The Utah Jazz and New York Knicks reportedly remain at a stalemate in Donovan Mitchell trade talks.
Shams Charania and Tony Jones of The Athletic reported the Jazz have asked for a "significant" upgrade from the Knicks' current offer of Evan Fournier, Obi Toppin and five future first-round picks. Only two of those future picks come without protections.
The Knicks can offer up to eight future first-round picks in any trade. It's made abundantly clear they do not want to strip their coffers bare to land Mitchell, who is a three-time All-Star but has never made an All-NBA team.
Trading for Mitchell presents a conundrum for the Knicks. He would clearly be a massive upgrade from the guards on their roster, but Mitchell also isn't the type of talent who can vault a lottery team into title contention. Surrounded by a stellar supporting cast and the best defensive big man of his generation, the five-year veteran has never led the Jazz beyond the second round of the playoffs.
For the Knicks to sensibly cash in all their trade assets for Mitchell, they would need a player better than him already in place. They don't have said player. Mitchell would be leading a roster co-starring Julius Randle, R.J. Barrett and Jalen Brunson—not exactly what anyone would call a championship core. Those Knicks would likely settle in as the fifth- or sixth-best team in the Eastern Conference, which isn't the type of result that makes meeting the Jazz's current asking price palatable.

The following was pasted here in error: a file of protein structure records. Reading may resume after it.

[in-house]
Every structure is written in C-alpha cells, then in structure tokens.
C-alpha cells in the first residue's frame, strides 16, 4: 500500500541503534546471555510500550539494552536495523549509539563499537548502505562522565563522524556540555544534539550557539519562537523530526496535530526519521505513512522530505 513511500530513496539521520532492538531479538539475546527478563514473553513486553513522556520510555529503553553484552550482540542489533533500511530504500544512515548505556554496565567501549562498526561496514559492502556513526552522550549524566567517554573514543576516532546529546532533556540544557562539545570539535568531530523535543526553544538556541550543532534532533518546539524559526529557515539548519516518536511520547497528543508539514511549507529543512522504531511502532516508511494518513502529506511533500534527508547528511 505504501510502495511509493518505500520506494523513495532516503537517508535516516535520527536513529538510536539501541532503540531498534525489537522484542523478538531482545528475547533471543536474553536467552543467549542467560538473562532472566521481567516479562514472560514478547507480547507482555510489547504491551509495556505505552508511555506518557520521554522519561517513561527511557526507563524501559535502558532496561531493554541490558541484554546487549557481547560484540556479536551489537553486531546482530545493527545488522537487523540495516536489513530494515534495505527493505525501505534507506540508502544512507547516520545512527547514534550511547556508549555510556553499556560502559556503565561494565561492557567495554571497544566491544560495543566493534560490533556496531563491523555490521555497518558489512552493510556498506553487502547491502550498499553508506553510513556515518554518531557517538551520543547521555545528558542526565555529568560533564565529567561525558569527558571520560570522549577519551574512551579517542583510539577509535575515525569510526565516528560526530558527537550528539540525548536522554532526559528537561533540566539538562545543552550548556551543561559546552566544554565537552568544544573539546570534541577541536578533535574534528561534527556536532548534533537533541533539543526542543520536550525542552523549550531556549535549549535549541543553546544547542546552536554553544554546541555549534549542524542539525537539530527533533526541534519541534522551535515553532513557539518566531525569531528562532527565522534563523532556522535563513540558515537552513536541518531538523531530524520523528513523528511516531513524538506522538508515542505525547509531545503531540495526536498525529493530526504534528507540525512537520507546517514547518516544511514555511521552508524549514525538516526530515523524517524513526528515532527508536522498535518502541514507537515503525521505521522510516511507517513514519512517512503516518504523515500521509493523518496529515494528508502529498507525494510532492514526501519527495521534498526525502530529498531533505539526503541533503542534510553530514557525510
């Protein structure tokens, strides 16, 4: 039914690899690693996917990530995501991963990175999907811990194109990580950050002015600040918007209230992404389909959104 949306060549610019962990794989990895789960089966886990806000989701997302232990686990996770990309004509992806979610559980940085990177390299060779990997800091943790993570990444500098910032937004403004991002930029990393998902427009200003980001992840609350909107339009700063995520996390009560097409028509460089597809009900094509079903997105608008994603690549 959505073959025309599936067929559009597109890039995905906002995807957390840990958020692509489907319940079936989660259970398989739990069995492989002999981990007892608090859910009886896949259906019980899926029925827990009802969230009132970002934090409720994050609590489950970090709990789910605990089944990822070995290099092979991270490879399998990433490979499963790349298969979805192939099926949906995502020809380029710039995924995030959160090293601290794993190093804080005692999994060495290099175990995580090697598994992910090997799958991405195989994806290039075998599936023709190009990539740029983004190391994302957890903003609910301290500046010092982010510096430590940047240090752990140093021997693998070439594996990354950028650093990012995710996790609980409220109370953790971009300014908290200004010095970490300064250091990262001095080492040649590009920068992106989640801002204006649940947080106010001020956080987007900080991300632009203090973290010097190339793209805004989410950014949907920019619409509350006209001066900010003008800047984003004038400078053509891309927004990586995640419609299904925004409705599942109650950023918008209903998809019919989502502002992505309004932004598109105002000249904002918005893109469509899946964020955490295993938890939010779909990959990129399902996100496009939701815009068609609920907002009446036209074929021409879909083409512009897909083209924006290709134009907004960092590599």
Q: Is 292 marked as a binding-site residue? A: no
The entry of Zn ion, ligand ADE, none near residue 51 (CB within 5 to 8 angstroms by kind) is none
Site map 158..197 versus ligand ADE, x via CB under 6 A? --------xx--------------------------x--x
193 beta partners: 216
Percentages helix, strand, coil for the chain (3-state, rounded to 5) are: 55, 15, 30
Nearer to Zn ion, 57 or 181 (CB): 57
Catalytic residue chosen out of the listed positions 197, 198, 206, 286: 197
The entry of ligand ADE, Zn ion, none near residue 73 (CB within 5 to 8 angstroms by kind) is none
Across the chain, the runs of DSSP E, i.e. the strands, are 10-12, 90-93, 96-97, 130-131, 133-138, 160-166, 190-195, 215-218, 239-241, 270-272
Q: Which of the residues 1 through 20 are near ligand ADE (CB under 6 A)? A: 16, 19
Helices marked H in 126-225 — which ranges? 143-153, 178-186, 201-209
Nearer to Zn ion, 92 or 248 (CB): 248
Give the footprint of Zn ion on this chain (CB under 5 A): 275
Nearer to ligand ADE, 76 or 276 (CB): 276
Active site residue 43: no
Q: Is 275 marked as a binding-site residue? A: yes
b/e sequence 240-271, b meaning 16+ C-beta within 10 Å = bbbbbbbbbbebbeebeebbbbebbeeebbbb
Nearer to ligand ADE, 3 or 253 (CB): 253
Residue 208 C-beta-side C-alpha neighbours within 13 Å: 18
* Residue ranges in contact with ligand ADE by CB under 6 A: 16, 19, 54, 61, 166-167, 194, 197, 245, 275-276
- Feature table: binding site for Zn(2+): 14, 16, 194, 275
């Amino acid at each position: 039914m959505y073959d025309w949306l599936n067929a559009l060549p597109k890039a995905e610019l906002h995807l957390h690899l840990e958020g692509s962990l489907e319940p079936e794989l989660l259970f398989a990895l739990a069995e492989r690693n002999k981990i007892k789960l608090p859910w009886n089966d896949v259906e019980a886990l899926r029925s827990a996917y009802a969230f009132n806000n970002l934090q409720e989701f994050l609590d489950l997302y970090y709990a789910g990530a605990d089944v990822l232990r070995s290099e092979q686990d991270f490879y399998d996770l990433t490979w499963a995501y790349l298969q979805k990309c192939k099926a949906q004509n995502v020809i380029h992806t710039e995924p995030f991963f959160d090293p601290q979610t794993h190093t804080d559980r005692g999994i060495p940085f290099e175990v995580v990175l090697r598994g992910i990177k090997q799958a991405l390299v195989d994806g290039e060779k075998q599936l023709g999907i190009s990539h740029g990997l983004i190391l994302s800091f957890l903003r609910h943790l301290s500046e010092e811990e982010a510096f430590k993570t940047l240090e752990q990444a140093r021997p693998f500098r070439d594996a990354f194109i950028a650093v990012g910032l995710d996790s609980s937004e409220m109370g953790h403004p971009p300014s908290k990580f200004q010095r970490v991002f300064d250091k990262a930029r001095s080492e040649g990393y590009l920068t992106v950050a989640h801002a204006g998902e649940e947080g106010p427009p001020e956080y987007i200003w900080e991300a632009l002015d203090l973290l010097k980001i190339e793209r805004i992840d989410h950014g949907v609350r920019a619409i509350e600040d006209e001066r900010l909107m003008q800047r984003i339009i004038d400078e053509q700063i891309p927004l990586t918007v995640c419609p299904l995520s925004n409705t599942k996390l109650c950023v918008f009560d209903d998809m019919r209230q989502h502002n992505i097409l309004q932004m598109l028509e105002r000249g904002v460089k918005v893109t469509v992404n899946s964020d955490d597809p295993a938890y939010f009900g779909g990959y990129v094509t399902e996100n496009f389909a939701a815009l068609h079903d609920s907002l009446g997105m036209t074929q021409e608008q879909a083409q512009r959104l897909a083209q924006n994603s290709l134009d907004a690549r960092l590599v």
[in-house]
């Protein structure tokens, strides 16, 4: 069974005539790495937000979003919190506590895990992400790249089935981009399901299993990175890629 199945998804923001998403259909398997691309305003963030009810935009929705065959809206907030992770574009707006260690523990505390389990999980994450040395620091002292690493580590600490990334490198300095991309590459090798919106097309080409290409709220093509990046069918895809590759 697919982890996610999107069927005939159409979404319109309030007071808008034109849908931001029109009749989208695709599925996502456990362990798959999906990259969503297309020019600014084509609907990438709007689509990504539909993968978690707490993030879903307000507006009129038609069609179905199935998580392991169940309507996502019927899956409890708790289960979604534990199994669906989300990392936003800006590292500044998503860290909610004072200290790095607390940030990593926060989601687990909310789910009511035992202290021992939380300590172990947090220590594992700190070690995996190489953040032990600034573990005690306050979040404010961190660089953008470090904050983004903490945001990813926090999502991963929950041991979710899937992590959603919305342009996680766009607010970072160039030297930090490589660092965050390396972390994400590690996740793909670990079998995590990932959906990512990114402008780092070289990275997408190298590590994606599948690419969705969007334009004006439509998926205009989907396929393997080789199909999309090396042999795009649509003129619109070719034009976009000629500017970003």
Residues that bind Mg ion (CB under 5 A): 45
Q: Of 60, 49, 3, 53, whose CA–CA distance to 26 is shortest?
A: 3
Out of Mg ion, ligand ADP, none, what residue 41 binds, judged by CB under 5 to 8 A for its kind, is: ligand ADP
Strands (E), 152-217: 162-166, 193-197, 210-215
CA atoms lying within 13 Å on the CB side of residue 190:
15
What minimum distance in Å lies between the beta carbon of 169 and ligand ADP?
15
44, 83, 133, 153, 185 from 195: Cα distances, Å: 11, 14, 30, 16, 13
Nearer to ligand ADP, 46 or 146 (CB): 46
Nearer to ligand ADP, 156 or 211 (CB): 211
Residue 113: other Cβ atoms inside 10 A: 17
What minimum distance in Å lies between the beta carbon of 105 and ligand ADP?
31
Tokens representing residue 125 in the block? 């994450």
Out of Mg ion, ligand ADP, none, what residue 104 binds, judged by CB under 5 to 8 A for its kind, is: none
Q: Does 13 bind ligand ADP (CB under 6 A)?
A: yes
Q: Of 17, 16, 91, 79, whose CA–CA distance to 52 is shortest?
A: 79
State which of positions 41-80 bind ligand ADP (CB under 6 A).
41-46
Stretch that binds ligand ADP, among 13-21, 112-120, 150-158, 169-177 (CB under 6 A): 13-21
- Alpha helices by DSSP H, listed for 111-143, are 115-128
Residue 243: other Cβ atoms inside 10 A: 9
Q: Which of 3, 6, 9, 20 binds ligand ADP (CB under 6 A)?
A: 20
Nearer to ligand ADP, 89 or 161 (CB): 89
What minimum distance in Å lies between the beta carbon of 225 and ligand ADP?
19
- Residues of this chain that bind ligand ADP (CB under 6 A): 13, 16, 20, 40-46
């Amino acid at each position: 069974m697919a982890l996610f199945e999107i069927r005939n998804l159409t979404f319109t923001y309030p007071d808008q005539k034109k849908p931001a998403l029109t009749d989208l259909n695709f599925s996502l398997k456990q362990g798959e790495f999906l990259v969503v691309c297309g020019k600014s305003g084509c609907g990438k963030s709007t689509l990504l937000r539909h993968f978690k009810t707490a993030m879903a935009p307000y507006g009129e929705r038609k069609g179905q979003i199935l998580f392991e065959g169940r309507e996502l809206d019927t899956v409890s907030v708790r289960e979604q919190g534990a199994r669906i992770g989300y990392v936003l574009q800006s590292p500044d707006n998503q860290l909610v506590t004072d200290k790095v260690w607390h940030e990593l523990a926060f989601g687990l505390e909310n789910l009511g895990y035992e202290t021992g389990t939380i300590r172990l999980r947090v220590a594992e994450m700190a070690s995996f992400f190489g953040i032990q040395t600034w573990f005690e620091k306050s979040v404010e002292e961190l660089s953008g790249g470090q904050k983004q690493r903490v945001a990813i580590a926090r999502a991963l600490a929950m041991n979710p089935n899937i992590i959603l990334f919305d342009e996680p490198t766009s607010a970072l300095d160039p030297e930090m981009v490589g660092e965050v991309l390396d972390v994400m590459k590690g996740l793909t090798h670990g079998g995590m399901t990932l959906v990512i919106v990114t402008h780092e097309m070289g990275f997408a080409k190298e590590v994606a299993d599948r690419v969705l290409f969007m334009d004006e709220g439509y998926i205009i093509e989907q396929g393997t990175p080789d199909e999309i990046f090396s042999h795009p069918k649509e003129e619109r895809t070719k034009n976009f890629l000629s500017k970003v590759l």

The Knicks would also be smart to avoid bidding against themselves. While there are several other teams with varying levels of interest in Mitchell, no team (beyond an unrealistic destination like Oklahoma City) can match New York's available draft-pick compensation. The Jazz emphasized picks over players in the trade that sent Rudy Gobert to Minnesota; it would stand to reason they'd do the same in a Mitchell deal.
Utah has Mitchell under contract through at least the 2024-25 season, which does lend a little bit of leverage. Mitchell also appears willing to play things out in Utah if no deal is struck.
That said, if adding a sweetener like Immanuel Quickley or Quentin Grimes isn't enough to get the job done, it might be a better long-term play for the Knicks to sit this one out and take a more macro view of their future.